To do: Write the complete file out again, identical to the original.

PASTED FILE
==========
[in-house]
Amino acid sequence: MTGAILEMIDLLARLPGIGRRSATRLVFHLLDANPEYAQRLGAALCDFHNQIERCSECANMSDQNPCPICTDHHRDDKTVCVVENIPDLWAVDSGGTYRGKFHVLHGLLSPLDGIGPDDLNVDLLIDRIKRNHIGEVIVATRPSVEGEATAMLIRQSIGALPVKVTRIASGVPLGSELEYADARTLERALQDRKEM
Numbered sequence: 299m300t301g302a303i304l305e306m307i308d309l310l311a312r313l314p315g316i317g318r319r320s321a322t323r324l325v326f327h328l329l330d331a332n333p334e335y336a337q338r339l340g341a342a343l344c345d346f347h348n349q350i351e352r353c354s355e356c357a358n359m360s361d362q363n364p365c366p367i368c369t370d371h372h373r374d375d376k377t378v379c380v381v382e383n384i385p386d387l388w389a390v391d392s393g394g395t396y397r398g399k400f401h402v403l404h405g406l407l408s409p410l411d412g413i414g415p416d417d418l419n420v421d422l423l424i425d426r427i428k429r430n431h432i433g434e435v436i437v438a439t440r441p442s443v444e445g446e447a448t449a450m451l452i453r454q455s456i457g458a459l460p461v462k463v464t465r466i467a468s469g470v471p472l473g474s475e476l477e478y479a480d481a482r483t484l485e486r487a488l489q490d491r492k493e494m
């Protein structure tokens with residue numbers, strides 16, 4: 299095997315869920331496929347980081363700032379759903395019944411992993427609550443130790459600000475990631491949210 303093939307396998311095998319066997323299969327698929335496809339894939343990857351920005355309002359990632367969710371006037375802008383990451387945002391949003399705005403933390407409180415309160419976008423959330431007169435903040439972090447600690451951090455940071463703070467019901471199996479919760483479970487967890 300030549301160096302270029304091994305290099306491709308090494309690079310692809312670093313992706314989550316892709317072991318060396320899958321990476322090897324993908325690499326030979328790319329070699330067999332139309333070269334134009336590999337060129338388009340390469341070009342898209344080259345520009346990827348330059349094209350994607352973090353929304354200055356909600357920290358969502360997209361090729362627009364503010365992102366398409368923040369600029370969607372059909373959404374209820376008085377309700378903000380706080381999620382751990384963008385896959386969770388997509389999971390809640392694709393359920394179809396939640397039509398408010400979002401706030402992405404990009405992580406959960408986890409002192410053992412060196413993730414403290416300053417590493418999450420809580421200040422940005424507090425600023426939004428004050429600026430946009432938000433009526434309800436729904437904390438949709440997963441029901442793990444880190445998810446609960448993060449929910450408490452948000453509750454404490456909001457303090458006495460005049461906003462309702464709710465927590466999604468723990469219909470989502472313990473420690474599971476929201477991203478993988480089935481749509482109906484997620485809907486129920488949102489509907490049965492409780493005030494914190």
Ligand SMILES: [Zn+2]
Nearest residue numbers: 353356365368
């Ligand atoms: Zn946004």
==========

[in-house]
Amino acid sequence: MTGAILEMIDLLARLPGIGRRSATRLVFHLLDANPEYAQRLGAALCDFHNQIERCSECANMSDQNPCPICTDHHRDDKTVCVVENIPDLWAVDSGGTYRGKFHVLHGLLSPLDGIGPDDLNVDLLIDRIKRNHIGEVIVATRPSVEGEATAMLIRQSIGALPVKVTRIASGVPLGSELEYADARTLERALQDRKEM
Numbered sequence: 299m300t301g302a303i304l305e306m307i308d309l310l311a312r313l314p315g316i317g318r319r320s321a322t323r324l325v326f327h328l329l330d331a332n333p334e335y336a337q338r339l340g341a342a343l344c345d346f347h348n349q350i351e352r353c354s355e356c357a358n359m360s361d362q363n364p365c366p367i368c369t370d371h372h373r374d375d376k377t378v379c380v381v382e383n384i385p386d387l388w389a390v391d392s393g394g395t396y397r398g399k400f401h402v403l404h405g406l407l408s409p410l411d412g413i414g415p416d417d418l419n420v421d422l423l424i425d426r427i428k429r430n431h432i433g434e435v436i437v438a439t440r441p442s443v444e445g446e447a448t449a450m451l452i453r454q455s456i457g458a459l460p461v462k463v464t465r466i467a468s469g470v471p472l473g474s475e476l477e478y479a480d481a482r483t484l485e486r487a488l489q490d491r492k493e494m
């Protein structure tokens with residue numbers, strides 16, 4: 299095997315869920331496929347980081363700032379759903395019944411992993427609550443130790459600000475990631491949210 303093939307396998311095998319066997323299969327698929335496809339894939343990857351920005355309002359990632367969710371006037375802008383990451387945002391949003399705005403933390407409180415309160419976008423959330431007169435903040439972090447600690451951090455940071463703070467019901471199996479919760483479970487967890 300030549301160096302270029304091994305290099306491709308090494309690079310692809312670093313992706314989550316892709317072991318060396320899958321990476322090897324993908325690499326030979328790319329070699330067999332139309333070269334134009336590999337060129338388009340390469341070009342898209344080259345520009346990827348330059349094209350994607352973090353929304354200055356909600357920290358969502360997209361090729362627009364503010365992102366398409368923040369600029370969607372059909373959404374209820376008085377309700378903000380706080381999620382751990384963008385896959386969770388997509389999971390809640392694709393359920394179809396939640397039509398408010400979002401706030402992405404990009405992580406959960408986890409002192410053992412060196413993730414403290416300053417590493418999450420809580421200040422940005424507090425600023426939004428004050429600026430946009432938000433009526434309800436729904437904390438949709440997963441029901442793990444880190445998810446609960448993060449929910450408490452948000453509750454404490456909001457303090458006495460005049461906003462309702464709710465927590466999604468723990469219909470989502472313990473420690474599971476929201477991203478993988480089935481749509482109906484997620485809907486129920488949102489509907490049965492409780493005030494914190």
Ligand SMILES: [Zn+2]
Nearest residue numbers: 353356365368
């Ligand atoms: Zn946004």